if 1*1/4+2*1/8+3*1/16 . . . _ 1.000 then that accounts for a 1:1 ratio in the half that has girls, so after you add back in the half that has no girls, you are still left with a ratio of girls to boys at 1:2

 No.3263

>>3259
I don't follow.
Every family has exactly one boy.
What is the average number of girls in a family?  It is 1/4 + 2/8 + 3/16 + ... = 1.000
So the ratio of boys to girls is 1 : 1.000.

(Also, I have a hunch that the infinite sum is exactly 1, but I don't know how to go about proving it.)

 No.3264

>>3258
>Those are two separate, competing objectives.  Parents want boys.  The government wants population control.  Those two concerns are in tension with one another.
fair point, I confused the objective with the proposal.
>It is a compromise between the parents wanting to have many male children and the government wanting to limit the number of children the parents can produce.
So they wanted *many* male children? That's different from wanting male children. If a family only wants *a* male child, they will make the attempt until they get one male child, which is different from continuing after getting a male child. The government's proposal is not a compromise in the first situation, since it matches exactly the situation that would already be happening, and therefore does not limit births at all. In the second situation, it does limit births, by capping the average at 2 children per family average, as opposed to the 3-4 which might have occurred otherwise. A good compromise, and an effective solution, if only the question had named its terms properly.

 No.3272

>>3263
you're right actually. I've just done the math, and while that limit approaches zero, its sum is 1, as demonstrated by finding the area compounded by x>0, y=>X/(2^x+1), which is 1. That's a calculus answer though.
I misunderstood what you were saying until I tried it myself, but you're right, the average ratio is 1:1. which also means that the average children per household total is 2.

 No.3326

>>3256
Seems correct.  Although in practice there will only be so many children, so a parameter will only be approximated by a population, the expected value can be figured exactly.

>>3258  >>3254
Right, the government might (and mostly did) simply limit families to one child.  In which case if they got a girl, better luck next lifetime, I guess.  In letting parents have children until they get a boy, some control is placed on population -- parents might really want several boys -- but parents at least won't miss out on having a boy.  To be honest, I'm not well versed in the history of China, but I think both versions happened, at least in some part, at least for some period of time.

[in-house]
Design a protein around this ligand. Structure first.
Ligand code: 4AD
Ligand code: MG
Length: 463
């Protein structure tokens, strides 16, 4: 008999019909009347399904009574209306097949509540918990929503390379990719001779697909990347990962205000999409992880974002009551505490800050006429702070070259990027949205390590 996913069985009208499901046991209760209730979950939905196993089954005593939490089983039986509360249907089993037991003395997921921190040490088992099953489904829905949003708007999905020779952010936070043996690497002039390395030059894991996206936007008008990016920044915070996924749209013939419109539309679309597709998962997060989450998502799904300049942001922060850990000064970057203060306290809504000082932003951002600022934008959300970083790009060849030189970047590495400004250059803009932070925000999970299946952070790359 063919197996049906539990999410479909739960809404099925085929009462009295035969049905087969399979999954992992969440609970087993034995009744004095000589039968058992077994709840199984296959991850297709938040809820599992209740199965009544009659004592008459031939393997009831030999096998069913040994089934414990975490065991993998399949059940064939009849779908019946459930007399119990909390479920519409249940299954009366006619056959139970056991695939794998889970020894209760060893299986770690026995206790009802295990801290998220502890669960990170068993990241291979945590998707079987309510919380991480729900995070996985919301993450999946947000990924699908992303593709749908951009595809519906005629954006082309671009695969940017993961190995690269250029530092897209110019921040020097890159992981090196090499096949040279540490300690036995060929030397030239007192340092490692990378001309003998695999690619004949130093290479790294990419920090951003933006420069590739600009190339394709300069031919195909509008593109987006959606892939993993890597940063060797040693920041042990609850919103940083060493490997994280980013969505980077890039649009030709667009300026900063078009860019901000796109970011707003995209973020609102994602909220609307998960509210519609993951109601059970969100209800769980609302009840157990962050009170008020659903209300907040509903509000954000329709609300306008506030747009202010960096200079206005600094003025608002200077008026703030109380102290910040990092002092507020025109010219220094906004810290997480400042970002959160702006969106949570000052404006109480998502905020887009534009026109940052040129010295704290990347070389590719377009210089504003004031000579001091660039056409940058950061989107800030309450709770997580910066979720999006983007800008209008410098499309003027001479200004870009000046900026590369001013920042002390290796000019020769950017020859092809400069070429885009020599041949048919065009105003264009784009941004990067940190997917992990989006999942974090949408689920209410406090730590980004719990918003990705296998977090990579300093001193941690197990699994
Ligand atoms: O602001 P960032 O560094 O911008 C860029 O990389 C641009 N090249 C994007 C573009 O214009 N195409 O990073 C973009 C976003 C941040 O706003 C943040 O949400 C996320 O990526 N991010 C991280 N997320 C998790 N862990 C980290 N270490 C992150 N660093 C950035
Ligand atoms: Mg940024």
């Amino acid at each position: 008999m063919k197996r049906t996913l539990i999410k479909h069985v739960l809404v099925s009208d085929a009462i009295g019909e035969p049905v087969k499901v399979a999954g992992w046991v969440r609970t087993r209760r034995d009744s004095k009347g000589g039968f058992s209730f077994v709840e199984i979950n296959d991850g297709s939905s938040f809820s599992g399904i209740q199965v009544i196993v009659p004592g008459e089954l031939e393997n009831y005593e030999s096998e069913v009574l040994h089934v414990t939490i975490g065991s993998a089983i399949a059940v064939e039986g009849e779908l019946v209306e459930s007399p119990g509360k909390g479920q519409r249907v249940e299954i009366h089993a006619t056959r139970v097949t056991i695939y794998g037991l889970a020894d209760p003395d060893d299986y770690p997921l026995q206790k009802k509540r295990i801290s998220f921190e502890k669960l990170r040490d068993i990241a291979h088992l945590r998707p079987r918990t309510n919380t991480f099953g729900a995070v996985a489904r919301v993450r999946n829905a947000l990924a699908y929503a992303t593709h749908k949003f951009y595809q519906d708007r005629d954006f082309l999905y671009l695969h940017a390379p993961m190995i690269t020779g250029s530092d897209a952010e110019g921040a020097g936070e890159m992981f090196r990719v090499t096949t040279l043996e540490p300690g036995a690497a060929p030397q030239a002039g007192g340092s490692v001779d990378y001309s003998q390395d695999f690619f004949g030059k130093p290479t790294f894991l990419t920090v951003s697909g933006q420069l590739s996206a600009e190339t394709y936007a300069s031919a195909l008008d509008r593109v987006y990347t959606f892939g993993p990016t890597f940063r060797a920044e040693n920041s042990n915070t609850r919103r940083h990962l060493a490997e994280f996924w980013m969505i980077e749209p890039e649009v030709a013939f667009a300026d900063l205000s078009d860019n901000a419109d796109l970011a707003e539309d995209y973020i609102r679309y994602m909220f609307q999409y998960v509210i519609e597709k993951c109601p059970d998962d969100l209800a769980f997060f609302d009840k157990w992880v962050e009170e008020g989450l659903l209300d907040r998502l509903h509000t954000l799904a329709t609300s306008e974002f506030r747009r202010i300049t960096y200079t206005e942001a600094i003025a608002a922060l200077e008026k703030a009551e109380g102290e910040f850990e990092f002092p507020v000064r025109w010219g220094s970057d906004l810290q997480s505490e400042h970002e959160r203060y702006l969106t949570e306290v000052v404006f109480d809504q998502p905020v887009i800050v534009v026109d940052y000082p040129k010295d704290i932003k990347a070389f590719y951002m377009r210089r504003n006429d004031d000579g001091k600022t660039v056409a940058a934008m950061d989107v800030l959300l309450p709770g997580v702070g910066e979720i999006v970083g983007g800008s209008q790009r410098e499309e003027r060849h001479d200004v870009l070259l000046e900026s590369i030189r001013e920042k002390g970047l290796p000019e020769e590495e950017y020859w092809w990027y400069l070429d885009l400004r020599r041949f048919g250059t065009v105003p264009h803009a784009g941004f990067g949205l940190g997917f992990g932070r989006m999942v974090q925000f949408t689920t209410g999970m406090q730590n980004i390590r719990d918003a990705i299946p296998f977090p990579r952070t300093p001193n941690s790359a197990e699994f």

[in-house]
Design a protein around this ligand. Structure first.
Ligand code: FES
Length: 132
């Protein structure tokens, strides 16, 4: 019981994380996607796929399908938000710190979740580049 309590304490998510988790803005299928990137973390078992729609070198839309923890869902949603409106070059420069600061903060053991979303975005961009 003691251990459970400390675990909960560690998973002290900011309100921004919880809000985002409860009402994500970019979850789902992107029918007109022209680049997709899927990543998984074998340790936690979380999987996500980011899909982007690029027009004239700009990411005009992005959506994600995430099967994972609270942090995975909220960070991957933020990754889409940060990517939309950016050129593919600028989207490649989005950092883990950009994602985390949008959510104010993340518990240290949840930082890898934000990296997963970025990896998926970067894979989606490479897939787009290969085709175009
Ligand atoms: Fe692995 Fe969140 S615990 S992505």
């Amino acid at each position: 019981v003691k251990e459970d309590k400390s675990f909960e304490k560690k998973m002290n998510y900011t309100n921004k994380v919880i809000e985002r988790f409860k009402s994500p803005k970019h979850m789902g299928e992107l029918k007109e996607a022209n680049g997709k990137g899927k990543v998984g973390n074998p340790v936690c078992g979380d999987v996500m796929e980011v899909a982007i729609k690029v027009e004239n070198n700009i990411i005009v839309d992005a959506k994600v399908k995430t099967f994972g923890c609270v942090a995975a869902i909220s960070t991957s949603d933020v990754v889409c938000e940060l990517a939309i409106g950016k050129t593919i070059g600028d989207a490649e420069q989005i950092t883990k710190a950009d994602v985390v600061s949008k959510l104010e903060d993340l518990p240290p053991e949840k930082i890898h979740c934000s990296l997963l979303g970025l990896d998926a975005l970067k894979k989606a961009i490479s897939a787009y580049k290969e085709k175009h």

>>3264
I thought not giving the sex ratio of a birth might be an issue, although people have assumed 1:1 which was fine.  Solving for an arbitrary ratio would be fine as well.  Noted I should have said "Parents want families consisting of more than one boy."  I guess one can't change the past, so one will change the future.

Logic Exercise 2:
In China, parents want families consisting of many boys.  The government wants to limit births, so they compromise: parents may have children until they get a boy.  For simplicity, we'll say every family has one boy and however many girls preceded that boy.  At birth, the sex ratio may be assumed to be 1:1 -- that is 50% chance of male, 50% chance of female -- but arbitrary ratios may be used as well.  What is the sex ratio of Chinese children (and please specify if not using a 1:1 birth ratio)?

>>3272
>finding the area compounded by
I convinced myself I can show convergence of the series, but it would be a bit long to type out.  You mention area -- did you compute a integral?

 No.3344

hi friends! Please note the following changes to board operating procedure:

https://ponyville.us/townhall/res/3340.html

 No.3441

>>3249
I was thinking someone might come to it, but a simplifying insight is that in broad terms, parents are having babies, each birth an independent, random event.  There is no way to skew the expected birth ratio by choosing which family will have a child.